Today, I offer four stocks that have fallen out of favor with investors. Somebody forgot to pay the rent on the Kool-Aid tap and keg. Or the company just misfired, prompting the once faithful to live to fight another day. In these cases, that day could be near.
Citigroup (C). The message board debates heading into Citi's January 18th earnings call made for great theatre. Word of a letter Citi CEO Vikram Pandit wrote to the mega-bank's employees hit the wires, further fanning the flames. Of course, Citi fell short of the street's expectations in January. The stock failed to hold above $5.00 (it closed at $4.57 on Friday).
How to play it. Pandit's quite the wordsmith. He must enjoy writing letters. Another was just released, this time to shareholders, echoing much of the hype he offered in the aforementioned "internal" memo. Once bitten, twice shy? Another Citi dichotomy. If you believe cat calls of "Pandit the Bandit," you're probably scooping up put options ahead of the company's April 18 earnings announcement. I think the Kool-Aid drinkers will start to come out in full force in the coming days, hoping upon hope for more shameless flirtation with $5.00. As I was on the last go-round, I am with the Citi bulls. Even if you have to suffer through another lackluster earnings report, you face the prospect of dividends as early as 2012. This alone ought to help lift the stock price. Citi should continue to post profits and get up to speed with consensus estimates, setting the shares up to easily double over the next two years. Starting in the $4.50's, I think adding C common stock here makes sense, particularly if you are an investor with a time horizon of 3 to 5 years or more.
Ford (F). Ford gets respect, it just can't seem to hang on to it. As I noted in a recent Seeking Alpha article, bargain hunters should love F anywhere under $17.00. As of Friday, it's trading at just $14.36. Not only has Ford's incredible turnaround seen sales skyrocket, but an accounting change in the offing could add as much as $13 billion to the company's 2011 profit. Once the subdued Kool-Aid drinkers get a hold of this news, look out.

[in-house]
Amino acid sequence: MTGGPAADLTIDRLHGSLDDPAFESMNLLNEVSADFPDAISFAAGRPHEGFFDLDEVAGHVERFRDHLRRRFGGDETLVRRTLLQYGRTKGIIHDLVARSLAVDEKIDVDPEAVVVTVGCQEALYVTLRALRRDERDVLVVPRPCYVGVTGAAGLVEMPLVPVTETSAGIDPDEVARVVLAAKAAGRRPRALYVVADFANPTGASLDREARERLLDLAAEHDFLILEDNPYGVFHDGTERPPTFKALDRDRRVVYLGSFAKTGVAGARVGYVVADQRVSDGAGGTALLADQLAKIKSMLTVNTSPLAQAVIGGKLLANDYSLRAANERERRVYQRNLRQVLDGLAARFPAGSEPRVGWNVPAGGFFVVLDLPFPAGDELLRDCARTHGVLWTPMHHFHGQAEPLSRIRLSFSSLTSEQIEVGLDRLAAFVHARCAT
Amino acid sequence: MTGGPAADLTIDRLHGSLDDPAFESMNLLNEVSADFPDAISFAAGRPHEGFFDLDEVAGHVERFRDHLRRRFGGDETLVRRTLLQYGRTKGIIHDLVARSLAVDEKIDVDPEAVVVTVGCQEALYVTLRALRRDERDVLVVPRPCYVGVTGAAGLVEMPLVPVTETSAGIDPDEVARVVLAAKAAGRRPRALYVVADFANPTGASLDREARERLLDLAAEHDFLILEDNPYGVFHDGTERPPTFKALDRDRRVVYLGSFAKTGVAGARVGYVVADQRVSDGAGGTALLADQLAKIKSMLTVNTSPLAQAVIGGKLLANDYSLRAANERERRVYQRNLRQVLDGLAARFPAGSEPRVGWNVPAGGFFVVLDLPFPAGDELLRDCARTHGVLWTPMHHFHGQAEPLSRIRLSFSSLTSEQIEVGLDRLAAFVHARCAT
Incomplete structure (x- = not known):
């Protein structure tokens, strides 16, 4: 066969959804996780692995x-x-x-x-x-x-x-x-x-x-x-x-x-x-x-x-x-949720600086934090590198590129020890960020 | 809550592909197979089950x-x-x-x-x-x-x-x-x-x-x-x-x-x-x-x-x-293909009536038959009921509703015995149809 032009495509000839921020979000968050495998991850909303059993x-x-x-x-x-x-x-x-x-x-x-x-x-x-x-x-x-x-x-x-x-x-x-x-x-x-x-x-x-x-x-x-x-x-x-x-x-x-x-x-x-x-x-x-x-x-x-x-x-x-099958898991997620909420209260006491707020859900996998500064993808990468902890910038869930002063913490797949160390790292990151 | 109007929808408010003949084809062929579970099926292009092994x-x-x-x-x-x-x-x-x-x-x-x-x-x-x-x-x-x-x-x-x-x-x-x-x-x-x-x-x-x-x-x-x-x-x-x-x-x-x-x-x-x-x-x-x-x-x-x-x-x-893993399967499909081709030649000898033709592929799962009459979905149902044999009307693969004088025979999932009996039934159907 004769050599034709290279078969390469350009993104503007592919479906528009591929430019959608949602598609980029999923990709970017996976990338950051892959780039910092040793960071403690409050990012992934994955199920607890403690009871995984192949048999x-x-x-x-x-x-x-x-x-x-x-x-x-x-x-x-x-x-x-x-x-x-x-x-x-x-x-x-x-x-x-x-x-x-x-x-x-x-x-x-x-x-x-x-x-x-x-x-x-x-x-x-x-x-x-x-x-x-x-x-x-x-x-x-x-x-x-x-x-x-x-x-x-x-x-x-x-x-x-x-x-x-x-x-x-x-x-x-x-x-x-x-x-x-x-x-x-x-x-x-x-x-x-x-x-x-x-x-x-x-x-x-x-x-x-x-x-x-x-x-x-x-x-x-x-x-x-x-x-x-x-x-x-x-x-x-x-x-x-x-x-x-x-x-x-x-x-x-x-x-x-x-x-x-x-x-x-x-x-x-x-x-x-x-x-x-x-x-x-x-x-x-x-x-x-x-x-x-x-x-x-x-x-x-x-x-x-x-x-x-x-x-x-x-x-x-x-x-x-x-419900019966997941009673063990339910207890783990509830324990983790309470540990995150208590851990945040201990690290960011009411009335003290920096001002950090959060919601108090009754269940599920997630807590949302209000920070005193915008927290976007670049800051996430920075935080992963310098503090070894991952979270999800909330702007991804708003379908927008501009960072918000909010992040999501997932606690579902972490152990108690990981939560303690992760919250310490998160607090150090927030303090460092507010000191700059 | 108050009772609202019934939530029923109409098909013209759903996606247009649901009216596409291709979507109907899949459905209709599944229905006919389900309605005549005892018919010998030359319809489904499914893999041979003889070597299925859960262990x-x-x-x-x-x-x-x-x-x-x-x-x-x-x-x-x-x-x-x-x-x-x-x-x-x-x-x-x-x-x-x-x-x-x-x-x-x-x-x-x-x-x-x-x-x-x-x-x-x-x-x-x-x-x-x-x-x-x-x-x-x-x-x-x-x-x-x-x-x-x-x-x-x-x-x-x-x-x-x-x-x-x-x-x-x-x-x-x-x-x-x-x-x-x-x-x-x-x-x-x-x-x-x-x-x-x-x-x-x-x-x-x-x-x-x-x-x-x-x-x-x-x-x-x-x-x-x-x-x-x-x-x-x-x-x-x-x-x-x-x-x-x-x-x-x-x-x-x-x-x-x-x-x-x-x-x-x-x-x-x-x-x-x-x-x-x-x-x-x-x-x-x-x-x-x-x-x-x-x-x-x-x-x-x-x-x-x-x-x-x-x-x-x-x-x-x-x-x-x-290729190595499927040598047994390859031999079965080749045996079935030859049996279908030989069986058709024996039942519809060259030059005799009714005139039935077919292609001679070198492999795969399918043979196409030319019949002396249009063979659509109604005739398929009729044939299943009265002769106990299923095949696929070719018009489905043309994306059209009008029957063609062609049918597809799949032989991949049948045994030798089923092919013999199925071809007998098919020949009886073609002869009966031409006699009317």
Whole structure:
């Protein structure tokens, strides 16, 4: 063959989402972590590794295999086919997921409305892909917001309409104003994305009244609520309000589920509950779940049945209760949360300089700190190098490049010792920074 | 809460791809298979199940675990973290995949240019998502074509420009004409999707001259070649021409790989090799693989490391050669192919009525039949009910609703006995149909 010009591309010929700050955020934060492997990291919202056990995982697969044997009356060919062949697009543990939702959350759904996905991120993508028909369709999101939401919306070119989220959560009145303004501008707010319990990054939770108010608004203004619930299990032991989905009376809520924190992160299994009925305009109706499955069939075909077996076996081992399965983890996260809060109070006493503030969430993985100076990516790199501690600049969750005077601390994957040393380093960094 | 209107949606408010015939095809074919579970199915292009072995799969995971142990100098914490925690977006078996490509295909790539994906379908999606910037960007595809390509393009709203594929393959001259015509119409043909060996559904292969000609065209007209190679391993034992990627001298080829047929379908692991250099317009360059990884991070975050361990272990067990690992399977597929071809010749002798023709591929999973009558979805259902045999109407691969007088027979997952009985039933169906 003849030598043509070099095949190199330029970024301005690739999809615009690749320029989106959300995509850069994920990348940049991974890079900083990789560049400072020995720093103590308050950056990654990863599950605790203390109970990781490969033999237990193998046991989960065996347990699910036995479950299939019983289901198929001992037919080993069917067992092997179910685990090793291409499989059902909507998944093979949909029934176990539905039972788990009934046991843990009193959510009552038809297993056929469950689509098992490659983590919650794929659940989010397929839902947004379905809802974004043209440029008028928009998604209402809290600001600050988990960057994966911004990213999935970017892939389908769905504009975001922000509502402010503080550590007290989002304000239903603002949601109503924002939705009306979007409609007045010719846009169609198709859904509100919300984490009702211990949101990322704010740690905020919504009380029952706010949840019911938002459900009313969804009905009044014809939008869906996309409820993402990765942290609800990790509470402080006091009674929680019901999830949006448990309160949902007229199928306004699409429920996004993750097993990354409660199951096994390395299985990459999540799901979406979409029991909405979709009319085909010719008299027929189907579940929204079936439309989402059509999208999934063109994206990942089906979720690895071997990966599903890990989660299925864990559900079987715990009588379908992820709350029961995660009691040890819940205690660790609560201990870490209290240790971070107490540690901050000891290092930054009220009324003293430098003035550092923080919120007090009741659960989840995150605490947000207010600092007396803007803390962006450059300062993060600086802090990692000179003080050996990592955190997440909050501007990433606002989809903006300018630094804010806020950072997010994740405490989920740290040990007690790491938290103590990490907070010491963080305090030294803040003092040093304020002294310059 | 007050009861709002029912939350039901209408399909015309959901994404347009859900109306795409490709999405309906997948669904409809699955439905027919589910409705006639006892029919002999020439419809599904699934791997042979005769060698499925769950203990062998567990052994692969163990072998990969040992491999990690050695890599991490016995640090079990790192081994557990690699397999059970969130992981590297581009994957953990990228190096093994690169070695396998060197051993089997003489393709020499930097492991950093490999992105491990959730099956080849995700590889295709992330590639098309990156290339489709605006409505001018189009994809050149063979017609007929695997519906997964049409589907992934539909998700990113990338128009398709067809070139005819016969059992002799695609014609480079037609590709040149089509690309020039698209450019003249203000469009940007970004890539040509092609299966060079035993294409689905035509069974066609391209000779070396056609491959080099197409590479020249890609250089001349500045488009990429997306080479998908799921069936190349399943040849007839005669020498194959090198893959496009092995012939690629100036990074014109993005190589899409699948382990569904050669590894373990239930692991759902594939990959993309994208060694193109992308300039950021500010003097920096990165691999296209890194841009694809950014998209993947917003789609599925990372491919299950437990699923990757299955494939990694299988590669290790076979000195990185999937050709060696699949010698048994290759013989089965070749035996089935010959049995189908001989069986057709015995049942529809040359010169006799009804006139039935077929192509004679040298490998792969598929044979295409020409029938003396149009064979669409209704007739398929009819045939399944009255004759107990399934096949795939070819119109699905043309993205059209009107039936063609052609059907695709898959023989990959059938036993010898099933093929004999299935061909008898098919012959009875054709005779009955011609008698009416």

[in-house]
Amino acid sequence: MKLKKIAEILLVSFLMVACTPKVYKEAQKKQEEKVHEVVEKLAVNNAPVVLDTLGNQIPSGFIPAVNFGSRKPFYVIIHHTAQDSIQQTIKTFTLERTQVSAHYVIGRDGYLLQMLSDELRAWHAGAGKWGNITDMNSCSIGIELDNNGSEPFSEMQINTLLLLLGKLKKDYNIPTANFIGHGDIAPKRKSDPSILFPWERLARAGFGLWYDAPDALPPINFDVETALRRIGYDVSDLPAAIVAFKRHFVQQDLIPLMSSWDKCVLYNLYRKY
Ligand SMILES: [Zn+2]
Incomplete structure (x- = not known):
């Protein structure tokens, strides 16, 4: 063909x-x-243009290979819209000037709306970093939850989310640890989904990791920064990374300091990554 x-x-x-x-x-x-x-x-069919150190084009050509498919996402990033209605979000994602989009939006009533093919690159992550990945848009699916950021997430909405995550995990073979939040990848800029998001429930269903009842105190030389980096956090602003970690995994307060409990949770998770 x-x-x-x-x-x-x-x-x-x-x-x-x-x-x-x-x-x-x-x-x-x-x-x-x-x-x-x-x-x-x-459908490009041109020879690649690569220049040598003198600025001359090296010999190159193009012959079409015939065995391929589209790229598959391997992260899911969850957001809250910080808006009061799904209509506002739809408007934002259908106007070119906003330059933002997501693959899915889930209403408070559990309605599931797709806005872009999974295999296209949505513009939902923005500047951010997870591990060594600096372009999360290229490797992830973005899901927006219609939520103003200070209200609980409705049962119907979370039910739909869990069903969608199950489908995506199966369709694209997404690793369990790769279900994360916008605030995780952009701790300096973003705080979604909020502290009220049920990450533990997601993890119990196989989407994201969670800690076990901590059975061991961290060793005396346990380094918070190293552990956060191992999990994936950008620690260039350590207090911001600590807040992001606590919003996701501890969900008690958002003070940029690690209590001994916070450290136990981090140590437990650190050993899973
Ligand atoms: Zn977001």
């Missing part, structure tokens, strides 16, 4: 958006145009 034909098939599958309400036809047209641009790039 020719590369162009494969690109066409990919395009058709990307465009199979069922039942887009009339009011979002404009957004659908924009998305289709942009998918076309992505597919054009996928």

How to play it. Like Citi, long-term investors could benefit by accumulating F shares. I am looking at near-term ITM call options, such as the April $14 calls, which closed at $0.85 on Friday, and longer-term OTM calls, including the December $17 calls at $0.88. If F continues the pop it started on Friday this week, I see lots of upside in both plays.
Coinstar (CSTR). I've been burnt by Coinstar. Management keeps head-faking about partnerships. It seems that the Amazon (AMZN) rumor is dead in the water. I took the bait and went long on some March OTM calls, which will expire worthless this week, barring an incredible development. You win some, you lose some. Last week, however, I received an alert over my Briefing.com InPlay service noting potential cooperation between Coinstar and Walmart (WMT). Something's up. And when it becomes official, CSTR shares should rise. Take the Kool-Aid out of the cupboard. The story, looking six month's out, should continue to be Netflix (NFLX) coming back down to earth in the face of efforts by its competitors to strengthen their positions relative to the Netflix juggernaut.
How to play it. I generally don't go to the well one too many times, but I might initiate a position in CSTR ATM call options with April or July expirations. I anticipate firm news, which ought to elevate the shares. I would trade out of the calls immediately after the news. If the hefty premiums scare you, consider the somewhat bold move, given the negative press surrounding CSTR these days, of selling CSTR $40 puts. In this case, you can benefit from the premiums, but run the risk of getting put 100 shares of CSTR stock for every put contract you sell. With time on your side, even the March $40 puts look attractive. You could have sold them for $0.45, as of Friday's close.
Global X Copper Miners ETF (COPX). I sold my position, and took profits, in COPX right before it tanked last week. Copper's supply and demand dynamics remain intact. Plenty of copper Kool-Aid drinkers were humbled by this week's decline in the metal. They have reason, however, to flood message boards predicting a rise from red-headed stepchild to silver and gold status for copper.
How to play it. If you can stomach some short-term volatility, loading up on COPX, which does not own physical copper, but gives you exposure to the miners makes sound mid- to long-term sense. For a more diversified approach, consider the Aberdeen Chile Fund (CH). It pays a dividend and provides your portfolio with not only a copper play, but an inside into one of the world's strongest economies.